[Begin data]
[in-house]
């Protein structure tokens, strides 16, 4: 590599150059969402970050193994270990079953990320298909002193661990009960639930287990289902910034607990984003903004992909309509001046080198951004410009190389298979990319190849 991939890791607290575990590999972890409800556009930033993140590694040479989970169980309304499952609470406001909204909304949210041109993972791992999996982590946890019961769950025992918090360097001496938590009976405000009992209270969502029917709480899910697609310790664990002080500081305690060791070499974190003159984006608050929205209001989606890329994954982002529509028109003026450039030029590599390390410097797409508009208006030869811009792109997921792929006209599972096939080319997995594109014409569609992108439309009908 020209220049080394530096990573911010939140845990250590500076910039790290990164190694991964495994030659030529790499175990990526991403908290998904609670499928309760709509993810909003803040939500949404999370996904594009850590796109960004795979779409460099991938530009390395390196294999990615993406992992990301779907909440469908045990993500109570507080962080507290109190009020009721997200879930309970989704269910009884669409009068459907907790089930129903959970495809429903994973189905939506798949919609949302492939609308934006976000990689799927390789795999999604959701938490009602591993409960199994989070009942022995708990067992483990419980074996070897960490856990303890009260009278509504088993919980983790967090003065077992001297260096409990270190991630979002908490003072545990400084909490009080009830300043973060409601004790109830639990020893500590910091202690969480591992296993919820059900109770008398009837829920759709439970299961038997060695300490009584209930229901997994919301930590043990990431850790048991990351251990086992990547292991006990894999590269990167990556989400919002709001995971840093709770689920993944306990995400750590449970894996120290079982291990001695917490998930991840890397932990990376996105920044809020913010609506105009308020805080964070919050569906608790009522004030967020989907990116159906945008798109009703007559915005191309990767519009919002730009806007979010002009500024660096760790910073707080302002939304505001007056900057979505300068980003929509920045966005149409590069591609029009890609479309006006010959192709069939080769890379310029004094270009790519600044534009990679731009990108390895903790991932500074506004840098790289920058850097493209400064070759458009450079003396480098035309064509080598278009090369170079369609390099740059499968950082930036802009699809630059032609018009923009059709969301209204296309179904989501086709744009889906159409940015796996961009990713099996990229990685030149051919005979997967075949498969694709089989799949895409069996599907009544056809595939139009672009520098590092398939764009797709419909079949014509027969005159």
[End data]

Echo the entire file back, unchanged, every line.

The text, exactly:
[in-house]
């Protein structure tokens, strides 16, 4: 590599150059969402970050193994270990079953990320298909002193661990009960639930287990289902910034607990984003903004992909309509001046080198951004410009190389298979990319190849 991939890791607290575990590999972890409800556009930033993140590694040479989970169980309304499952609470406001909204909304949210041109993972791992999996982590946890019961769950025992918090360097001496938590009976405000009992209270969502029917709480899910697609310790664990002080500081305690060791070499974190003159984006608050929205209001989606890329994954982002529509028109003026450039030029590599390390410097797409508009208006030869811009792109997921792929006209599972096939080319997995594109014409569609992108439309009908 020209220049080394530096990573911010939140845990250590500076910039790290990164190694991964495994030659030529790499175990990526991403908290998904609670499928309760709509993810909003803040939500949404999370996904594009850590796109960004795979779409460099991938530009390395390196294999990615993406992992990301779907909440469908045990993500109570507080962080507290109190009020009721997200879930309970989704269910009884669409009068459907907790089930129903959970495809429903994973189905939506798949919609949302492939609308934006976000990689799927390789795999999604959701938490009602591993409960199994989070009942022995708990067992483990419980074996070897960490856990303890009260009278509504088993919980983790967090003065077992001297260096409990270190991630979002908490003072545990400084909490009080009830300043973060409601004790109830639990020893500590910091202690969480591992296993919820059900109770008398009837829920759709439970299961038997060695300490009584209930229901997994919301930590043990990431850790048991990351251990086992990547292991006990894999590269990167990556989400919002709001995971840093709770689920993944306990995400750590449970894996120290079982291990001695917490998930991840890397932990990376996105920044809020913010609506105009308020805080964070919050569906608790009522004030967020989907990116159906945008798109009703007559915005191309990767519009919002730009806007979010002009500024660096760790910073707080302002939304505001007056900057979505300068980003929509920045966005149409590069591609029009890609479309006006010959192709069939080769890379310029004094270009790519600044534009990679731009990108390895903790991932500074506004840098790289920058850097493209400064070759458009450079003396480098035309064509080598278009090369170079369609390099740059499968950082930036802009699809630059032609018009923009059709969301209204296309179904989501086709744009889906159409940015796996961009990713099996990229990685030149051919005979997967075949498969694709089989799949895409069996599907009544056809595939139009672009520098590092398939764009797709419909079949014509027969005159």